• Shads

      Hey Jarrod, I’ve been trying for find a laptop for under $1.5k which has a 1660ti and good battery life, i would think the best under that criteria is Y540 or the Y7000, but those laptops aren’t very easy to find for 1.5k AUD. Not sure what to do now

      • Jarrod

        I saw the Y540 on sale starting at $1500 a couple days ago, might still be. I think I paid $1600 for mine which is pretty good here with i7 and 1660 Ti. Stuff like the Helios 300 which is cheaper in the US costs way more here, usually around $2200 AUD. Maybe check out Metabox, they sell Clevo units which are usually cheaper than the larger brands. The Alpha-X NH58RC has the specs you’re after and from memory of my review video it performs quite well.

  • Abhishek

    Hi Jarrod,
    I really like your informational videos on YouTube. I am looking to purchase a gaming rig. I am currently working in Infosys and that’s y unable to decide whether to go for a gaming laptop or a custom PC. I need portability though as i can have transfers in future. One more thing i live in India, and currently having a budget of around max 1,50,000 i.e. max 2000$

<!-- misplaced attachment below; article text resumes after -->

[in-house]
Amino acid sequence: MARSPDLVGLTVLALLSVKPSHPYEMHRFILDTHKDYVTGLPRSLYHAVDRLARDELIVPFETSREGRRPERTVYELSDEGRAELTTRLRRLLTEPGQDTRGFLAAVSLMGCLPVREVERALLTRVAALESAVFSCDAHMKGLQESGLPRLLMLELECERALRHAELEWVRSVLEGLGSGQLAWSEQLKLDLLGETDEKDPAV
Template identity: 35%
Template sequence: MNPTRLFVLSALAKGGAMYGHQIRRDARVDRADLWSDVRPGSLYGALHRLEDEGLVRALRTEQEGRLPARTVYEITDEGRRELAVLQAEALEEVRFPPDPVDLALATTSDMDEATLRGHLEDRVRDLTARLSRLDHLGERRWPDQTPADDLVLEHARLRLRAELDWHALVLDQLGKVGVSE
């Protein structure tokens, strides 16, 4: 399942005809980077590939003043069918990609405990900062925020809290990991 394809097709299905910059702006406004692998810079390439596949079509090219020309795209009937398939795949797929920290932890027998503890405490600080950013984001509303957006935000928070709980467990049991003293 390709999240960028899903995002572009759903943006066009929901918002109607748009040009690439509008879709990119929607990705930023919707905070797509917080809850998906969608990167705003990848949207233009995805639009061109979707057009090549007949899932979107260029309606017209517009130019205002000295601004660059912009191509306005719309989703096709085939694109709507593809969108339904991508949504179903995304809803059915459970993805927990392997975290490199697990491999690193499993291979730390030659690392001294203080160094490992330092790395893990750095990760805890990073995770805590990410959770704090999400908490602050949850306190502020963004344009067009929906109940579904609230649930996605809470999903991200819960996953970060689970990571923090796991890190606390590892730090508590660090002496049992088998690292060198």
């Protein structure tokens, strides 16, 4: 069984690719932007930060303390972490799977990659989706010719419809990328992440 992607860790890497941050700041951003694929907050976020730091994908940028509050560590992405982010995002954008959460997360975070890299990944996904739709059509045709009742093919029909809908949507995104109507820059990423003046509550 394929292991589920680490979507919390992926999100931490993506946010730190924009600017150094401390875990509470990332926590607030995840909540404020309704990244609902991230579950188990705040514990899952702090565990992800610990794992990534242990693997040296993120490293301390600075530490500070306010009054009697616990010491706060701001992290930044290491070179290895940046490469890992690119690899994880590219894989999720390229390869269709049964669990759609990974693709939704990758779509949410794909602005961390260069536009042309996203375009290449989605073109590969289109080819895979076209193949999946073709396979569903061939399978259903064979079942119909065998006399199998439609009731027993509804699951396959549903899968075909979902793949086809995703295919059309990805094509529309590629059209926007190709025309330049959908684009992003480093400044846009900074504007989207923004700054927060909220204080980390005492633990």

I love playing Pubg, and i do a lot of gaming. I am unable to decide which GPU to go for too actually. Please help sir. I will be too grateful to you.
    Thanks,
    Abhishek

    • Jarrod

      If you need portability then a laptop will make more sense, unless you’re able to fit PC and a lower powered laptop into the budget. I think the GTX 1660 Ti is a good sweet spot for most gaming laptops right now, can play pretty much any game at 1080p high settings with fair frame rates. You should be able to get one for less than that, so could optionally spend a bit more for RTX 2060 if you want – I’ve compared those two here: https://www.youtube.com/watch?v=X59_-ol8H88

    • Altaf Khan

      Hi Jarrod, came here directly from YouTube. I m waiting for AMD to release there 4000 H series laptop with / or without Navi GPU . Please compare it with i7-9750H and RTX2070 in terms of performance and Price. Thank You

  • Danielle Merrett